Bonus: here’a more recent version, to see how well they’ve aged:
Later today, I shall bring you something from another Peel favourite. Yes, that lot from Northern Ireland.
Find yourselves ten minutes, sit down, put your feet up and have a load of this. Three blokes (all sitting down) playing guitars, with Steve Hackett doing a particularly fine job, and an amazing vocal performance by PG on this one. Phil Collins seems rather restrained on the drums, but that’s the nature of this song, I suppose. I don’t think I’ve seen all of this footage before. A rare treat.
I’m not gay or owt, but wasn’t Peter Gabriel a beautiful young man?
Today, there was a feature on the radio highlighting the best of the grunge genre, which has reminded me of the next band to come your way. One from the Seattle grunge scene. Where else?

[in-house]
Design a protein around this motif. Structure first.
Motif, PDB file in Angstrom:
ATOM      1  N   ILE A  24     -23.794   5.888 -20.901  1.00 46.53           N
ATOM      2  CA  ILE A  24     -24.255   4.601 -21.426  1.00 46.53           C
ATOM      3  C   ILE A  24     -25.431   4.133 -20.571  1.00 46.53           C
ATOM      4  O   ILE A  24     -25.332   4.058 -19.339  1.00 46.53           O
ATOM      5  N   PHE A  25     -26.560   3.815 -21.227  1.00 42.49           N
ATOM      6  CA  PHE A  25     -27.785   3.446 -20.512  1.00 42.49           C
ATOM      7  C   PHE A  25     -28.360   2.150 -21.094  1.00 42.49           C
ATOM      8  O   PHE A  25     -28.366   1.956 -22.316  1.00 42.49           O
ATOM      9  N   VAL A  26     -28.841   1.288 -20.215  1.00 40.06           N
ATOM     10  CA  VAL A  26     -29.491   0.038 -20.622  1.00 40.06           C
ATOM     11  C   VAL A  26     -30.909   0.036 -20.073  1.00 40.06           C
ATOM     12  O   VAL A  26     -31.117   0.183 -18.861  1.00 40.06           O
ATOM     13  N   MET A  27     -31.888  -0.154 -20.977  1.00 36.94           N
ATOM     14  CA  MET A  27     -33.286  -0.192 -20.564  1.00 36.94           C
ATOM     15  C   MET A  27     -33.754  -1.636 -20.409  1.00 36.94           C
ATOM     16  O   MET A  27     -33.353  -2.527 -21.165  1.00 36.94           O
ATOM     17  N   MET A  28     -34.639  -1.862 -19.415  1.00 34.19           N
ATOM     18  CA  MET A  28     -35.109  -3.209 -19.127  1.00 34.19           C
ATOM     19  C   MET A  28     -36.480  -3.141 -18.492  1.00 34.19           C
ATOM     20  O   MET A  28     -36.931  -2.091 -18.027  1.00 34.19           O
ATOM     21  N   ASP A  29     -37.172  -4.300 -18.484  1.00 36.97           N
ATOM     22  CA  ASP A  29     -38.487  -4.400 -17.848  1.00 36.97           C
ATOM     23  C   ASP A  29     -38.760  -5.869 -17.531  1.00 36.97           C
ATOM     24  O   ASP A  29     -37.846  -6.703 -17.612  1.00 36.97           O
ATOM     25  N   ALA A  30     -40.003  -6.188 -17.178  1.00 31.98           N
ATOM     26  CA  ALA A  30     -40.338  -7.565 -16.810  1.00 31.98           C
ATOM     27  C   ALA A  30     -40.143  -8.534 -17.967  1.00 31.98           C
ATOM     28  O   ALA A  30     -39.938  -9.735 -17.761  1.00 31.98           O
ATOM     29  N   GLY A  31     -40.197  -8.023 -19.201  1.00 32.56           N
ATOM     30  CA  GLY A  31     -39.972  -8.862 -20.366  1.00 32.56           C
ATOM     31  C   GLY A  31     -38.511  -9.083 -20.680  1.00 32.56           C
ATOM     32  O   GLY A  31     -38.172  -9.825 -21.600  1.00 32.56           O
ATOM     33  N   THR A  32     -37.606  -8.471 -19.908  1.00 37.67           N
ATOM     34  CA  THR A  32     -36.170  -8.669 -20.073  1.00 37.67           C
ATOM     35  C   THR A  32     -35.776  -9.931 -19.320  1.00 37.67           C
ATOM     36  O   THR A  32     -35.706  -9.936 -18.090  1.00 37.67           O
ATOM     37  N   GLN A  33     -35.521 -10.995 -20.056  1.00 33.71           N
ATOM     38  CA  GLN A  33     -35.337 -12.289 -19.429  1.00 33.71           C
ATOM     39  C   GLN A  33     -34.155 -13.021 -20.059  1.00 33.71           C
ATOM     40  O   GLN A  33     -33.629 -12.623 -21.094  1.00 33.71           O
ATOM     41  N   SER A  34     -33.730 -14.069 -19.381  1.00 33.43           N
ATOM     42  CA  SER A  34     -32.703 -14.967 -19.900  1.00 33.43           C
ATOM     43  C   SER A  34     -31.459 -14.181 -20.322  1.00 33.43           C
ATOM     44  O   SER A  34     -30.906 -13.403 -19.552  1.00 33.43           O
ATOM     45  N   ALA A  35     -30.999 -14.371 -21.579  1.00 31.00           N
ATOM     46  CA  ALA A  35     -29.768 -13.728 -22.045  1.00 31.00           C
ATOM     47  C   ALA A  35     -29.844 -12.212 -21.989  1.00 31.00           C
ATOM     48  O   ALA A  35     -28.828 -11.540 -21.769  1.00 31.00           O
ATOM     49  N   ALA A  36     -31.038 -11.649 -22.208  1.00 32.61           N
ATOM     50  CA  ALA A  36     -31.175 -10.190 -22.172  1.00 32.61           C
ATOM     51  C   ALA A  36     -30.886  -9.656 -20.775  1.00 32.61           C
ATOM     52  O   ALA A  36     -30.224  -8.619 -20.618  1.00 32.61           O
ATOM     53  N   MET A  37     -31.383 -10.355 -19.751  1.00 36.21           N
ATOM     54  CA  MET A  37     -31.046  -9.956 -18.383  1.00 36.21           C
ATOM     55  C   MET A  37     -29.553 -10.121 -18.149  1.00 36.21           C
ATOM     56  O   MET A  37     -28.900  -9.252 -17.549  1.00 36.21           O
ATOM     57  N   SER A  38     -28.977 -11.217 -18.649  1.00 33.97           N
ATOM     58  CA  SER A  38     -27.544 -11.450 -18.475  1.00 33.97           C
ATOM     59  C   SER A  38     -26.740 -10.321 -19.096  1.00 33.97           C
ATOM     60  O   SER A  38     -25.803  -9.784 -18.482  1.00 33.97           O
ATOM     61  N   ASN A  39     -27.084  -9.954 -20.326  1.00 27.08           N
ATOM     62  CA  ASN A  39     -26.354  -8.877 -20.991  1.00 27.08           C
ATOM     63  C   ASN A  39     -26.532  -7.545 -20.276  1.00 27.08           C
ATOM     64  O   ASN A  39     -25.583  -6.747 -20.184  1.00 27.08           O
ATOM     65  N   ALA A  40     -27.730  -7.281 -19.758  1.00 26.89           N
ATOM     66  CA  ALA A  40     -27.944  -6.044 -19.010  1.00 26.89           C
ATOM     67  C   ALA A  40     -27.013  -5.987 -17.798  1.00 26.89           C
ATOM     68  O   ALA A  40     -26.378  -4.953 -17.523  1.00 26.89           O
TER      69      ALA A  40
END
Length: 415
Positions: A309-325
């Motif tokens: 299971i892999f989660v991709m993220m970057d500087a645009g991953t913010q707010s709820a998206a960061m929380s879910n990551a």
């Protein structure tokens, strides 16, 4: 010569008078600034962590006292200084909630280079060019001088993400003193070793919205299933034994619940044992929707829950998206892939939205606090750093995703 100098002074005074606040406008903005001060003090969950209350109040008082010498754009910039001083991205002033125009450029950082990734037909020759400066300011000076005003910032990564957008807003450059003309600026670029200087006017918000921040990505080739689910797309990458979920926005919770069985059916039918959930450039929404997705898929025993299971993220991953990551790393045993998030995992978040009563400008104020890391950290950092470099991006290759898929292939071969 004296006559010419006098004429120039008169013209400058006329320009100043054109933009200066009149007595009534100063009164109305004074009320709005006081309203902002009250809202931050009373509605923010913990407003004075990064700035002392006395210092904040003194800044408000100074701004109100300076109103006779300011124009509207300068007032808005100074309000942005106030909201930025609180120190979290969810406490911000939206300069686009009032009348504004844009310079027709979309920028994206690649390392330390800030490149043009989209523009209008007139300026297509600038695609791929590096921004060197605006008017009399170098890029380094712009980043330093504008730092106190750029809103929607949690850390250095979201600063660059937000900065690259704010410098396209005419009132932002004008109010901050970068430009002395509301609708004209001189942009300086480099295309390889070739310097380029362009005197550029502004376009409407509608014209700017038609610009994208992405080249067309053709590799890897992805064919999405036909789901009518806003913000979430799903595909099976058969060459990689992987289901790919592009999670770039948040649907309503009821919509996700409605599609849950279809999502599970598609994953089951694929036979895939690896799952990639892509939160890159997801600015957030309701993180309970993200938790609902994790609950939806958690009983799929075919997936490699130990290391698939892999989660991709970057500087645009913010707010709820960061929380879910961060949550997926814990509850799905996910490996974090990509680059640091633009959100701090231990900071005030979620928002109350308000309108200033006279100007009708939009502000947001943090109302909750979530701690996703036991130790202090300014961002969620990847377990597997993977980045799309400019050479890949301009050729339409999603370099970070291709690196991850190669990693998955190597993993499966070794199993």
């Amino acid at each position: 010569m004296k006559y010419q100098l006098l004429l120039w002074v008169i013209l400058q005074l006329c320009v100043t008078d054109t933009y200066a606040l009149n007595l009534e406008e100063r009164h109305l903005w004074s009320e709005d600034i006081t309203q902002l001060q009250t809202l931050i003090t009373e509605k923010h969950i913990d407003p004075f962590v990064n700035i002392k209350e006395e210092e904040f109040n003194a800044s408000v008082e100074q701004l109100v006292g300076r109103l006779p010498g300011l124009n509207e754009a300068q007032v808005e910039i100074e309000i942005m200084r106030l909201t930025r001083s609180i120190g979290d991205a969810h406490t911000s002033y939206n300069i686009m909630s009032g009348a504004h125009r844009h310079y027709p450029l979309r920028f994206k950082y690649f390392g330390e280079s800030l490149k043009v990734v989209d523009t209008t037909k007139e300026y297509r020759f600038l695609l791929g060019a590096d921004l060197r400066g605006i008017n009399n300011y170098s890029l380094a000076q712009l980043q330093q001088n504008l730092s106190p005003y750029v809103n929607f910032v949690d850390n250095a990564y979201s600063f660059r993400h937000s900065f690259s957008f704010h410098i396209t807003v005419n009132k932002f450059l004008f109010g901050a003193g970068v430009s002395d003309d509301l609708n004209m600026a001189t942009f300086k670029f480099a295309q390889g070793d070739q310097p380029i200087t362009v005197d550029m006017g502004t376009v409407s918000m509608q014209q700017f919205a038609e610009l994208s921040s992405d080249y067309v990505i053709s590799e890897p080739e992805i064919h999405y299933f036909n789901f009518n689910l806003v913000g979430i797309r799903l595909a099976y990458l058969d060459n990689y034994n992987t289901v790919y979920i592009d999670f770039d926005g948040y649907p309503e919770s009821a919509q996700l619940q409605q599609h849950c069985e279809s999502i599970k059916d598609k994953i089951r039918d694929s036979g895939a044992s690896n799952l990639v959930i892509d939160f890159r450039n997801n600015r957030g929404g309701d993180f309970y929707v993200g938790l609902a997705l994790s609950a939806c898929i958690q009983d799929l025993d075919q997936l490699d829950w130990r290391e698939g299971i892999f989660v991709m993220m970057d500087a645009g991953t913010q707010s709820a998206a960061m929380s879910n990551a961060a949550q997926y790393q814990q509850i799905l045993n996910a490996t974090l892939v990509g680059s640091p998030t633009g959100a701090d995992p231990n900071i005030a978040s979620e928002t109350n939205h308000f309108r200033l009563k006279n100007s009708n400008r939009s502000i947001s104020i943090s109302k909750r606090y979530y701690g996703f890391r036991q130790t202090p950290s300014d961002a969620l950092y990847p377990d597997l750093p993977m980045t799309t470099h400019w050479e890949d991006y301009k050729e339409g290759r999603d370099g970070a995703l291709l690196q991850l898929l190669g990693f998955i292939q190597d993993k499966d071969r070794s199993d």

I have just woken up to the fact that I have included very few records from the sixties. Hardly surprising, I suppose, since it was the decade of my birth and I would have been more in tune with nursery rhymes than Nursery Cryme (not that that particular favourite was released until the seventies, but I thought it was a good line). Anyway, I first considered The House of the Rising Sun from Mr Burdon and Co., but I think I prefer this, and it’s not one I get to hear too often.
Now I’ve mentioned that Genesis album, I cannot ignore a top tune from the same.